It’s 2007, you just got back from playing kickball, hopscotch or double dutch with your friends after school for hours; you have your Tamagotchi in one hand and your iPod Nano in the other listening to Soulja Boy or The Black-Eyed Peas. You go home to play some WII Tennis or Guitar Hero, watch a little bit of Suite Life of Zack and Cody or Drake & Josh, then log onto Webkinz to try to spin the Wheel of Wow or Club Penguin to mess with your friends and maybe get kicked out of some chat rooms.
Or you take a different route: a trip with your parents to Blockbusters to grab some candy like a Baby Bottle Pop or Scooby Doo Fruit Snacks and pick out your favorite movie.
You wander off into the R-Rated section escaping the sight of your parents. Then they drag your sorry butt back to the PG section. Annoyed, you try to explain to them that you’re a whole double digits now and old enough to browse the PG-13 section. You finally settle on a somewhat appropriate movie, Mean Girls. On your way home, you ask to use your dad’s blackberry to play that oh so addicting Brick Breaker game with the little marble-sized ball and landing strip used to aim at the bricks crumbling before your young eyes.
I’m sure a lot of memories started running through your mind, and you might even be feeling a little bit nostalgic because we’re in college, we’re not kids anymore.
We’re old. Some of us are even graduating soon. The rest of us are constantly thinking about our futures, and more importantly our future careers. Take this time to reminisce about being a kid again. Recognize all the reasons why us 2000s kids had such a great childhood.
Here’s my commemoration to the 2000’s and what life was like growing up in them.
2007 me: I’m wearing my low rise bootcut 7 jeans, rolled down tall light pink Ugg boots and my beloved Juicy Couture jacket. My Coach wristlet is in my hand. I wear a pink feather in my hair because I strive to be Avril Lavigne.
I was on my way to the Hannah Montana Best of Both Worlds Tour. A true highlight of my childhood, I dragged my mom there, along with two of my best friends.
There I am, my naïve nine-year-old self on the floor in Madison Square Garden literally freaking out as I witness Miley Cyrus midway through the concert transform into Hannah Montana. But double life pop stars aside, 2000s music was quite legendary.
For many of us, the music of the early 2000s paved the way for our very mature existence.
Songs like Britney Spears’ “Oops I did it Again,” Gwen Stefani’s “Hollaback Girl” and The Black Eyed Peas “My Humps” shaped us. The ringtone to my 8 a.m. alarm clock was set to Nelly’s “Hot In Here,” T-Pains “Low” and 50 Cent’s “In Da Club,” which is still the theme song to all of our birthdays. Then of course we think of all the bands that made moving to Southern California seem dreamy and absolutely necessary. That’s probably why I insisted on going to college in California from the age of seven.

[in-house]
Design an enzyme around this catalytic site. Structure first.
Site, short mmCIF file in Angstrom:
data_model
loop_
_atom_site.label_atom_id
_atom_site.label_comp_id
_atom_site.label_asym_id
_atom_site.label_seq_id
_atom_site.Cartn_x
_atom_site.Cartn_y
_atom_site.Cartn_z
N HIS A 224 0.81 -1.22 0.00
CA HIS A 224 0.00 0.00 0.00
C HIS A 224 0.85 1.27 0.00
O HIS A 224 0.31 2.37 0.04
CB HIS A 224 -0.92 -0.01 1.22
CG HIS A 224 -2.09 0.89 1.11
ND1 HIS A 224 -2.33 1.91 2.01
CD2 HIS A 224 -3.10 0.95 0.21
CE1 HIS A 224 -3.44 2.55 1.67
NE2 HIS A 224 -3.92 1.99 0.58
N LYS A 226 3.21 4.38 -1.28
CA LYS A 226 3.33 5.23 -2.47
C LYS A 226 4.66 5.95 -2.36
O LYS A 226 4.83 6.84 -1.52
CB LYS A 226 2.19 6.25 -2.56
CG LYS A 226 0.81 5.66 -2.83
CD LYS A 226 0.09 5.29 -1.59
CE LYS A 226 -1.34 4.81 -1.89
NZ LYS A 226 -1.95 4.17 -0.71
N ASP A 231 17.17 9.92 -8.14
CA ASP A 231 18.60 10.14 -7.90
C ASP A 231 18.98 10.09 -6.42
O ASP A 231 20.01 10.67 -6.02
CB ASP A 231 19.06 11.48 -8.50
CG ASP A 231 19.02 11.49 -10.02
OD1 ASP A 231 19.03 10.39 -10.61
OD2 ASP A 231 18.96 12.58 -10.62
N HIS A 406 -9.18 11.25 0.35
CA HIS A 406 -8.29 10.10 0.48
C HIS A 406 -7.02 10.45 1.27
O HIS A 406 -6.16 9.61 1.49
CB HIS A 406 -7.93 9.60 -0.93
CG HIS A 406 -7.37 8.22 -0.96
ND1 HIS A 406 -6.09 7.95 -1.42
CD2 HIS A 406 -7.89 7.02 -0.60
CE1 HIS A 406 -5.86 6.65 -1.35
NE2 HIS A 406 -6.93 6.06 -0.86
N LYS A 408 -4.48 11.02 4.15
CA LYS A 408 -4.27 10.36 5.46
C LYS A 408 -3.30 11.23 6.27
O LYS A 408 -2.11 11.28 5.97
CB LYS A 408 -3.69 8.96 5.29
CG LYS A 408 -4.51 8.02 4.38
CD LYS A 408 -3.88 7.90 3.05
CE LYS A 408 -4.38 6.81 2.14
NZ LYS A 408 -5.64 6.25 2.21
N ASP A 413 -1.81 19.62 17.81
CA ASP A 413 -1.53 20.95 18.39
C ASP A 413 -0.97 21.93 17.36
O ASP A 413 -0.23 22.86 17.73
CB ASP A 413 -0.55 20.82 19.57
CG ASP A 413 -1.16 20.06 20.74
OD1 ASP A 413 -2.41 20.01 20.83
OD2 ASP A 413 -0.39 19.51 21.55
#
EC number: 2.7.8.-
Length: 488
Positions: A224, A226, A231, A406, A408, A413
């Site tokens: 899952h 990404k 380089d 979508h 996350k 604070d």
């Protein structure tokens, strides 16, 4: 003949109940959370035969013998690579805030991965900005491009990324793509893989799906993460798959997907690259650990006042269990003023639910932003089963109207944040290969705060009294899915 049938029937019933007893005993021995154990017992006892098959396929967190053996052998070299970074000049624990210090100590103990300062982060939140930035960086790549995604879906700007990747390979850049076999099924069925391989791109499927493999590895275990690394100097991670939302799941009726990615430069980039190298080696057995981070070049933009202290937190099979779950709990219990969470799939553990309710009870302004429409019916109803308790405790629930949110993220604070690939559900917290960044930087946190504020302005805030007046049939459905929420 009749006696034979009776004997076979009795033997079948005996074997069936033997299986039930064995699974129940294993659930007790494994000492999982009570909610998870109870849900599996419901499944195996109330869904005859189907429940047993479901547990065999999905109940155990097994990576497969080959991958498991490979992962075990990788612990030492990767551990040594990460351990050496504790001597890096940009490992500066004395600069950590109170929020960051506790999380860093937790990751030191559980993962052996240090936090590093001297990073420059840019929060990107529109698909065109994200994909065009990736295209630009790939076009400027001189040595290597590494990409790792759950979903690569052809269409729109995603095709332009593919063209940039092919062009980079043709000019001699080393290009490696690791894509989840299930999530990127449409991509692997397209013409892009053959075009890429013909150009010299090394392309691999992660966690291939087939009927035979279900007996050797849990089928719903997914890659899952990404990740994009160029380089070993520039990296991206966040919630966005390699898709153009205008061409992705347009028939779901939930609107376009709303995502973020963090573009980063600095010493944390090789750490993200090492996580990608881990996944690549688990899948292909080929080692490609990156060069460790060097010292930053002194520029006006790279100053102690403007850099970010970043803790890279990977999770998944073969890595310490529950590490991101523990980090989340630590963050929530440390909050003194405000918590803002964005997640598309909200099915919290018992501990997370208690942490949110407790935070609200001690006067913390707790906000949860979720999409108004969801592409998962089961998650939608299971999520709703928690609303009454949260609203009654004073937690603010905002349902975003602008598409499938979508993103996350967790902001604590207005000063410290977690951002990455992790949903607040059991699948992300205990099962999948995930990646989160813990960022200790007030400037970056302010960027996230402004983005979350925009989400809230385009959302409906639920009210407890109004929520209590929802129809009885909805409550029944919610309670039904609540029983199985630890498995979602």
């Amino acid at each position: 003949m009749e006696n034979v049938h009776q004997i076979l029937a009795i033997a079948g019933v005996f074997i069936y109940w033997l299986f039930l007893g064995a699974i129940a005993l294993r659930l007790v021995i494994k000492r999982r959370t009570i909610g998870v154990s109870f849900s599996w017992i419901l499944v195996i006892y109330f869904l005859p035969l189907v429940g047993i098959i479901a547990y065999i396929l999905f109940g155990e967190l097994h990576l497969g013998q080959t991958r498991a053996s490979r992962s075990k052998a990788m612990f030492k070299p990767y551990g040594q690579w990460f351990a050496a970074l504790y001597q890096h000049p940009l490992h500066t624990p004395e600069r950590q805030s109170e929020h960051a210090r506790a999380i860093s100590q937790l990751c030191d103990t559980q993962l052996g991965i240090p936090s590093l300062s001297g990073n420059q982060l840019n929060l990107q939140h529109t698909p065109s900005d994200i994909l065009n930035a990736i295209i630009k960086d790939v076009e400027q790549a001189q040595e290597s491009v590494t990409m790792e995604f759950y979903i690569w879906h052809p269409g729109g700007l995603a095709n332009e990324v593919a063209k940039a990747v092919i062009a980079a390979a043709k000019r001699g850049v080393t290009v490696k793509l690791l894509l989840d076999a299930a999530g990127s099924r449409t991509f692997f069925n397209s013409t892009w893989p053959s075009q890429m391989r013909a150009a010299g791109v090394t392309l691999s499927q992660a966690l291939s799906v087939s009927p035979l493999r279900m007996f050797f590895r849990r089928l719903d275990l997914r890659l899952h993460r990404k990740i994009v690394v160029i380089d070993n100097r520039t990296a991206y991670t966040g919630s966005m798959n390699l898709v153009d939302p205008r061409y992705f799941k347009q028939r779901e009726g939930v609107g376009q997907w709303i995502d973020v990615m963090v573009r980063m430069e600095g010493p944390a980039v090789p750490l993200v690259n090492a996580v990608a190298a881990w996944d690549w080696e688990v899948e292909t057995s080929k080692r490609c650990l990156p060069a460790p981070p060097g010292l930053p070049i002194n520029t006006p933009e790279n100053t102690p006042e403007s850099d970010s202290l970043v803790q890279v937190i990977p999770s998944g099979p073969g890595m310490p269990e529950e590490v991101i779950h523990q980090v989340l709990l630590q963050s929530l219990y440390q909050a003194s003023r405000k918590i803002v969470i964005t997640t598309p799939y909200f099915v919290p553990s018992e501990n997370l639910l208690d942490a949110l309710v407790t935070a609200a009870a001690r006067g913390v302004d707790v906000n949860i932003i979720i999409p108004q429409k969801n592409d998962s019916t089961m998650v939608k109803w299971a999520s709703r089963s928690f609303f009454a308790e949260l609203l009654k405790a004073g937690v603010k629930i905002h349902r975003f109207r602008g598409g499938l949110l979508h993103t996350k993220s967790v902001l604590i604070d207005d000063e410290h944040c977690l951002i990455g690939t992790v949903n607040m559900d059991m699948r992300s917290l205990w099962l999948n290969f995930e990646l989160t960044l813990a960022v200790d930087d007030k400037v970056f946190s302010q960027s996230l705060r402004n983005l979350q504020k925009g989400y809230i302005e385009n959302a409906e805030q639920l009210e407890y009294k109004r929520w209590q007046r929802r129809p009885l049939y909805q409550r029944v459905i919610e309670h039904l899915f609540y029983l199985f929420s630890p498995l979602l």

Along with the music, the 2000s let my imagination run wild. I fantasized about having a closet so large it has an elevator thanks to London Tipton or Hannah Montana’s secret back door leading to a showcase of revolving shoes, accessories and endless clothes. But on a more realistic note, the 2000s made me long for a pet. Hence the reason I had a Tamagotchi and one too many Webkinz.
Virtual pets were the only thing in my reach since my parents said a dog would “scratch the hardwood floors.”
Actually, I did have a betta fish. But I came home one day to discover that long story short there was a slight “mishap” as my mom said. Shakira was dead, so that was short lived. Despite the trauma I faced from losing my one and only pet, my parents made up for it by buying me another Webkinz. It seemed like a somewhat fair trade at the time.
Whether you were a Club Penguin or Webkinz person, these online interactive sites were basically the building blocks for our generation becoming so tech savvy. They also showed us how to be responsible and take care of another “living” thing. Believe it or not, my Webkinz are still alive and well thanks to my grandma who literally still goes on every day to do all the necessary things she has to do to keep them going. Keep in mind I was not aware of this until about a year ago. I went to her house to see her and witnessed her log onto each account. I didn’t even know the site was still up and running.